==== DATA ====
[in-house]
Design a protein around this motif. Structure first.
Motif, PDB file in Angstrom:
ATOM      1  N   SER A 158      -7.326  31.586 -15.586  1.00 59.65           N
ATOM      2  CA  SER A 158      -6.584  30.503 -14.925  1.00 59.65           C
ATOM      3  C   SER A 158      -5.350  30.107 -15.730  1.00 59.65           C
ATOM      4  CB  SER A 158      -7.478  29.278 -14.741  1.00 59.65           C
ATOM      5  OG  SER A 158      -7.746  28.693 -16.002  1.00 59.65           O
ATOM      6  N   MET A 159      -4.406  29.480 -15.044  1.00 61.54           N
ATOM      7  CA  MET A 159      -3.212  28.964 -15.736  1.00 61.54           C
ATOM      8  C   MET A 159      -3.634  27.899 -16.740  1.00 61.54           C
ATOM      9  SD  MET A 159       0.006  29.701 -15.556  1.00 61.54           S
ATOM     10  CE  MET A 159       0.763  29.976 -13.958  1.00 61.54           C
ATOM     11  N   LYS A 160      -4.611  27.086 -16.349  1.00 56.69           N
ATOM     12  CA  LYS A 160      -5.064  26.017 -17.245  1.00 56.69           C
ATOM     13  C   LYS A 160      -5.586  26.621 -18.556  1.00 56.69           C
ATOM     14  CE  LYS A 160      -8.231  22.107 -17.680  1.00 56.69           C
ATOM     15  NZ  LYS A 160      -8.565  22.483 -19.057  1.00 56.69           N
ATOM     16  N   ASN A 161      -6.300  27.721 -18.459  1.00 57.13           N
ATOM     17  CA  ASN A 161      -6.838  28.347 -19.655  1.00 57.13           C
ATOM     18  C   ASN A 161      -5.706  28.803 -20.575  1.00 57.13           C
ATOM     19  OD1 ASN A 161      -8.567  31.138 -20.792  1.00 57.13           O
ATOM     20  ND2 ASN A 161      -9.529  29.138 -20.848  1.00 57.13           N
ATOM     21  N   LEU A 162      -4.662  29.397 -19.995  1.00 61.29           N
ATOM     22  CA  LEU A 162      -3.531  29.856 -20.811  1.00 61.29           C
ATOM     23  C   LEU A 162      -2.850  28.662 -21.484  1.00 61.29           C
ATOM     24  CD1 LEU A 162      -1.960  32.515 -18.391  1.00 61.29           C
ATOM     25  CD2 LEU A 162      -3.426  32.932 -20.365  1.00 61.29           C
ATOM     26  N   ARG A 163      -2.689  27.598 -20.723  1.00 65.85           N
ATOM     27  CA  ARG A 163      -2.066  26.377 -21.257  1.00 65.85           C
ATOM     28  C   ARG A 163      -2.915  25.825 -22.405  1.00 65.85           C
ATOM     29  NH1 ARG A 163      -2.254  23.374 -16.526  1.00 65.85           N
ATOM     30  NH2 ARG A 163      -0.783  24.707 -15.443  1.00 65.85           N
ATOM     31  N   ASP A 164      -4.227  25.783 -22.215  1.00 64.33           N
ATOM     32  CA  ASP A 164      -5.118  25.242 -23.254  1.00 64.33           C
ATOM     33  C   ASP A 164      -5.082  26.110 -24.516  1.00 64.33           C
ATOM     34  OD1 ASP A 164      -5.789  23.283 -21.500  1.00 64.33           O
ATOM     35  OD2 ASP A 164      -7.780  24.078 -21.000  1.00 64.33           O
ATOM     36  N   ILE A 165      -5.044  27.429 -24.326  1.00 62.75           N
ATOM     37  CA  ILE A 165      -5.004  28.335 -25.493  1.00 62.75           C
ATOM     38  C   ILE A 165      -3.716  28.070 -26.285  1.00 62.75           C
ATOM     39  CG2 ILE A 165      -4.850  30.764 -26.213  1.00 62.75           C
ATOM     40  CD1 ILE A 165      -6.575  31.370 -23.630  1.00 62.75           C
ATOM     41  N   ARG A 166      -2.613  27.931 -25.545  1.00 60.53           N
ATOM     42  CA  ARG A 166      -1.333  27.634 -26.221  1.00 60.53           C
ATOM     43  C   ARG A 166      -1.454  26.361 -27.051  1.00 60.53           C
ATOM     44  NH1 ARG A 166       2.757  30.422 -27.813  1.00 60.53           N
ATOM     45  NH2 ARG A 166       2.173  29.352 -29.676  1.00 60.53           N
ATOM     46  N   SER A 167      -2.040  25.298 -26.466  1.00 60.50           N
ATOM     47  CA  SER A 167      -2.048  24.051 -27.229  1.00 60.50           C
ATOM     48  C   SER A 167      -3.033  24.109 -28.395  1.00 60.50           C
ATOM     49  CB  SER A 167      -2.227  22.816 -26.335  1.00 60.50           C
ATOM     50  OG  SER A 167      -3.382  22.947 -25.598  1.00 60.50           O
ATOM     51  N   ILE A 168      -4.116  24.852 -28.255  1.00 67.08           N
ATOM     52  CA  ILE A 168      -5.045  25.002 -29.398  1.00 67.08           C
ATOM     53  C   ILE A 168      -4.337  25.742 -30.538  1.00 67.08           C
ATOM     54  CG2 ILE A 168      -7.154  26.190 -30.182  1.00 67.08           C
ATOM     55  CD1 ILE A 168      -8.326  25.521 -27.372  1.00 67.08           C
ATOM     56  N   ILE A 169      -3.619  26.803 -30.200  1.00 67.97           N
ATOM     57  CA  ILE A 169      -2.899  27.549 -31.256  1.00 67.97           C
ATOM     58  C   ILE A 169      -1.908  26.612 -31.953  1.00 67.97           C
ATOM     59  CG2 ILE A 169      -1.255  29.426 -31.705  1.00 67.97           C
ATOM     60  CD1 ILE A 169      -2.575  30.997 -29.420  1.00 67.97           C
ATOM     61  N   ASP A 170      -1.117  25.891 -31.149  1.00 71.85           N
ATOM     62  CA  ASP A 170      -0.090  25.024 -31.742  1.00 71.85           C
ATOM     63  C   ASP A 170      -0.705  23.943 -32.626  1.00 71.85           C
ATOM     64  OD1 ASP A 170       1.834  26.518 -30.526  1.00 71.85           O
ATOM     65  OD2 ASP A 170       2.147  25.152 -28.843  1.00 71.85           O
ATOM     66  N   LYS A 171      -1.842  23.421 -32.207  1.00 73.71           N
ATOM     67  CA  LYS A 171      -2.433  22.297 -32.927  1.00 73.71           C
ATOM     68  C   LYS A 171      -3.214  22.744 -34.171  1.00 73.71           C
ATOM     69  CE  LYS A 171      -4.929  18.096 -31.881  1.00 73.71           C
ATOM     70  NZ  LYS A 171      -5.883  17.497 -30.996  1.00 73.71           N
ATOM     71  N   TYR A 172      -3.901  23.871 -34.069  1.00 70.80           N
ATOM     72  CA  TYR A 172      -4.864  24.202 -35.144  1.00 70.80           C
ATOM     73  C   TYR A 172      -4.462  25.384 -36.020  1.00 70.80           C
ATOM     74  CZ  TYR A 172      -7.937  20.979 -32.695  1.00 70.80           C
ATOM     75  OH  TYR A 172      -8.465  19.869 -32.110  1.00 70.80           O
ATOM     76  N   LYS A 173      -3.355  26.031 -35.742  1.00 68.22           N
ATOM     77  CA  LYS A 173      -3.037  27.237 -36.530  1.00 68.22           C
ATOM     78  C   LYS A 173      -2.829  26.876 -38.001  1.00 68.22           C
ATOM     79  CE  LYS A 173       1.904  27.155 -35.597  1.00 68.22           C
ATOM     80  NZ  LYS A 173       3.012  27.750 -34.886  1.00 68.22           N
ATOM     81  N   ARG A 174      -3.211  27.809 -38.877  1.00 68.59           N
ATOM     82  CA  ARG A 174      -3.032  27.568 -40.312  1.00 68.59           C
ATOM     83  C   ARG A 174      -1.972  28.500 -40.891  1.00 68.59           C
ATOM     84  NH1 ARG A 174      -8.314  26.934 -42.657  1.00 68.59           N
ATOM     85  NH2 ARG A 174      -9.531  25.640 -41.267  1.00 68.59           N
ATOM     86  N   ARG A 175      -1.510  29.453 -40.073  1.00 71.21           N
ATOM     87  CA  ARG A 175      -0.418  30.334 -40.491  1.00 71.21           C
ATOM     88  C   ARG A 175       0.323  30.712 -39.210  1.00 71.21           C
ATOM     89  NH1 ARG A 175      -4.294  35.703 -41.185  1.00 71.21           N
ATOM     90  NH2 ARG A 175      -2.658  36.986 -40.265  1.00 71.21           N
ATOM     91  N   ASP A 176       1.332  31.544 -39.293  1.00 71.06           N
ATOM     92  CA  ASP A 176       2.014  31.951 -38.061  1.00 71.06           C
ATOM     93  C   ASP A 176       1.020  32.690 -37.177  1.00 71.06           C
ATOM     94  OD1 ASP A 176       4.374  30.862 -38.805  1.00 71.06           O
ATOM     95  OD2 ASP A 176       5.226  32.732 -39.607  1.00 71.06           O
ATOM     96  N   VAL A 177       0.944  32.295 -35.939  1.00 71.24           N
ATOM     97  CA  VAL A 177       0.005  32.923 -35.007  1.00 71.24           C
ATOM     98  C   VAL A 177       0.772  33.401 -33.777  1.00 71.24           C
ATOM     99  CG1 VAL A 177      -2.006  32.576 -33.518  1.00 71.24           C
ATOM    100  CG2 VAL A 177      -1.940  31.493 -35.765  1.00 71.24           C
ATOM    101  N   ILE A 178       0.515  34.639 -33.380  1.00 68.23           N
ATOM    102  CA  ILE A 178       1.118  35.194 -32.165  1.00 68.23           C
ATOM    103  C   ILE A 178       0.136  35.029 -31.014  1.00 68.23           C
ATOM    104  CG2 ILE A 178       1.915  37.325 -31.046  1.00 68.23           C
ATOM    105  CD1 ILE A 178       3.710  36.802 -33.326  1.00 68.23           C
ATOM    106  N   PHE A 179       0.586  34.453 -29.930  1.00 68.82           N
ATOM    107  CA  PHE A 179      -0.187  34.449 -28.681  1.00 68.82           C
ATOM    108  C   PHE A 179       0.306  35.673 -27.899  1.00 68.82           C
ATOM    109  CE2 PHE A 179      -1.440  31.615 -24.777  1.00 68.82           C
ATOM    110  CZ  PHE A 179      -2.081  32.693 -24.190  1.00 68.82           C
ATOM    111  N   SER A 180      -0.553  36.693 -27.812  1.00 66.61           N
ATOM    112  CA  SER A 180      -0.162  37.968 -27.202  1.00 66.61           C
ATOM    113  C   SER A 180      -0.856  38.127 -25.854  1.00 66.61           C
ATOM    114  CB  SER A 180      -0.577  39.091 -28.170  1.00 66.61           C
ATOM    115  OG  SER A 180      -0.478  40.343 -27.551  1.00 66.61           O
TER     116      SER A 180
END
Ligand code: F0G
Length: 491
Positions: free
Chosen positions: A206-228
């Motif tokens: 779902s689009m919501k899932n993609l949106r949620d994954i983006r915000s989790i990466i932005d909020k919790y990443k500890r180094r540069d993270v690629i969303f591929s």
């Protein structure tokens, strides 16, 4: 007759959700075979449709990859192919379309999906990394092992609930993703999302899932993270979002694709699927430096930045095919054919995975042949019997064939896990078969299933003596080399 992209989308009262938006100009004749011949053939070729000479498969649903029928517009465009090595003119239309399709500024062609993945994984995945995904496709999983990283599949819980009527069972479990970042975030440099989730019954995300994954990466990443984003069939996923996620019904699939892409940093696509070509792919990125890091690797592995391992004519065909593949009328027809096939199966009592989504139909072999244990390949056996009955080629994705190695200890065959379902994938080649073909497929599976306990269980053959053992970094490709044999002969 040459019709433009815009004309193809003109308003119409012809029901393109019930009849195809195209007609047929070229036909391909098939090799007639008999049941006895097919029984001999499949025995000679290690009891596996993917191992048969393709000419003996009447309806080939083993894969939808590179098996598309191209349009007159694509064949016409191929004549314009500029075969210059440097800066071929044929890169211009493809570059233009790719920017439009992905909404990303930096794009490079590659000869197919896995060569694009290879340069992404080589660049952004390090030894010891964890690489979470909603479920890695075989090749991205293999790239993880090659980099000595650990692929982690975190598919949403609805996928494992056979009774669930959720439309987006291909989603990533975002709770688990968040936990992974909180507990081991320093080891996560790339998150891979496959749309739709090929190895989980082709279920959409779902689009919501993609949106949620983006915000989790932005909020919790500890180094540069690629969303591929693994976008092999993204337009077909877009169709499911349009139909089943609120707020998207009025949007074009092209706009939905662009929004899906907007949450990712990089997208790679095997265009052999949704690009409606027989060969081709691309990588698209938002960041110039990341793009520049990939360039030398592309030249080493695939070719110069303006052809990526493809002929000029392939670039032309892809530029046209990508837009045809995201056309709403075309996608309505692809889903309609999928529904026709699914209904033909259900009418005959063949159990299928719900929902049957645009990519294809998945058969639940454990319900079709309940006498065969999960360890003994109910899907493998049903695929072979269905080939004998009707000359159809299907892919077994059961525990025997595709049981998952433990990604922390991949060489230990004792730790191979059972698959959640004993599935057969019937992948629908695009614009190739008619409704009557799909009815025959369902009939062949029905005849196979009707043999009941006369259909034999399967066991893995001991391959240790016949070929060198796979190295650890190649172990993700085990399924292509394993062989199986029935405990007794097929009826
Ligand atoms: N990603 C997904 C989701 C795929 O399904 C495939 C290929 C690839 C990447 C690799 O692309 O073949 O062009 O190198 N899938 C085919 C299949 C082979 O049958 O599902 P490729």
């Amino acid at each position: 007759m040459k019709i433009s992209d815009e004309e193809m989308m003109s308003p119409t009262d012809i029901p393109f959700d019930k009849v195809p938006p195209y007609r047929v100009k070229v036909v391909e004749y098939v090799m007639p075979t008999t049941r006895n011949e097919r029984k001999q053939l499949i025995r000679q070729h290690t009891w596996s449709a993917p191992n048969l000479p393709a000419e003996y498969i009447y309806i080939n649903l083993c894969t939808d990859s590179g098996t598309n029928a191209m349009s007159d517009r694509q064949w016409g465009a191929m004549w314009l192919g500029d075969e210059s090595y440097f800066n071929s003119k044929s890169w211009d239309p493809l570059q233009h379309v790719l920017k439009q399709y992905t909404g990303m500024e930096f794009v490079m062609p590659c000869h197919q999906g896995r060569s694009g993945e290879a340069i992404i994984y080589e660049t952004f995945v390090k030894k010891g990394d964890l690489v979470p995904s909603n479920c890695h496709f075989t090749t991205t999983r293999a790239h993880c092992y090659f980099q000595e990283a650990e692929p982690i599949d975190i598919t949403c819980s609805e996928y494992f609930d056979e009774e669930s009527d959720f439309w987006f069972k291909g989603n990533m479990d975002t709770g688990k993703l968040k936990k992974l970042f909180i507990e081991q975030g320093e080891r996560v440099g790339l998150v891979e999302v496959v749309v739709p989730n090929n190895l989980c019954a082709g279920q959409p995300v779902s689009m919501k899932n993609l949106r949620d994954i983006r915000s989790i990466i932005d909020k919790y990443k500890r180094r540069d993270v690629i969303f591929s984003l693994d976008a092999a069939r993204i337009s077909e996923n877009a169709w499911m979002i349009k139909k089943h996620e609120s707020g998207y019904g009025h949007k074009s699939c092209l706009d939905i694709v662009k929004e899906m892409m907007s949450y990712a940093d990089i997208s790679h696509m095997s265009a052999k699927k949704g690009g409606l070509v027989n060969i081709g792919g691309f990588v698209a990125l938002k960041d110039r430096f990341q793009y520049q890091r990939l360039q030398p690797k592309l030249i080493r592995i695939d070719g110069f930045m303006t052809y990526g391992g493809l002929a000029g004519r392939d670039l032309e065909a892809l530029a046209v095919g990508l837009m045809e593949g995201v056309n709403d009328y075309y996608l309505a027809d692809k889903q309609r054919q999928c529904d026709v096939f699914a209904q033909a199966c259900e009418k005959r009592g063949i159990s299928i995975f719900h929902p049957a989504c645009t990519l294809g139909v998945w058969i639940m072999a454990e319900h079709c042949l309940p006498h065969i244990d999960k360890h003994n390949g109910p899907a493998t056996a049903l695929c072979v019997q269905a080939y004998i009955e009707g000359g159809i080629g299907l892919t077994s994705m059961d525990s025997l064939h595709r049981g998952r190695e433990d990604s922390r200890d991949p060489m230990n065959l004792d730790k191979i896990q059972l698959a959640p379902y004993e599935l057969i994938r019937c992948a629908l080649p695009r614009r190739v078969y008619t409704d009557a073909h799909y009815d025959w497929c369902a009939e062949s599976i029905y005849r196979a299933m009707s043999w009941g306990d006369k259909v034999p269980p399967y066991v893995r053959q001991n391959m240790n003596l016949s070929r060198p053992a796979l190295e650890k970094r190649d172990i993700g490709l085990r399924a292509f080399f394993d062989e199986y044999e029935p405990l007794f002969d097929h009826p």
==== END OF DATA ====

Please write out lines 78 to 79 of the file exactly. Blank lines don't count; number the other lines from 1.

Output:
ATOM     75  OH  TYR A 172      -8.465  19.869 -32.110  1.00 70.80           O
ATOM     76  N   LYS A 173      -3.355  26.031 -35.742  1.00 68.22           N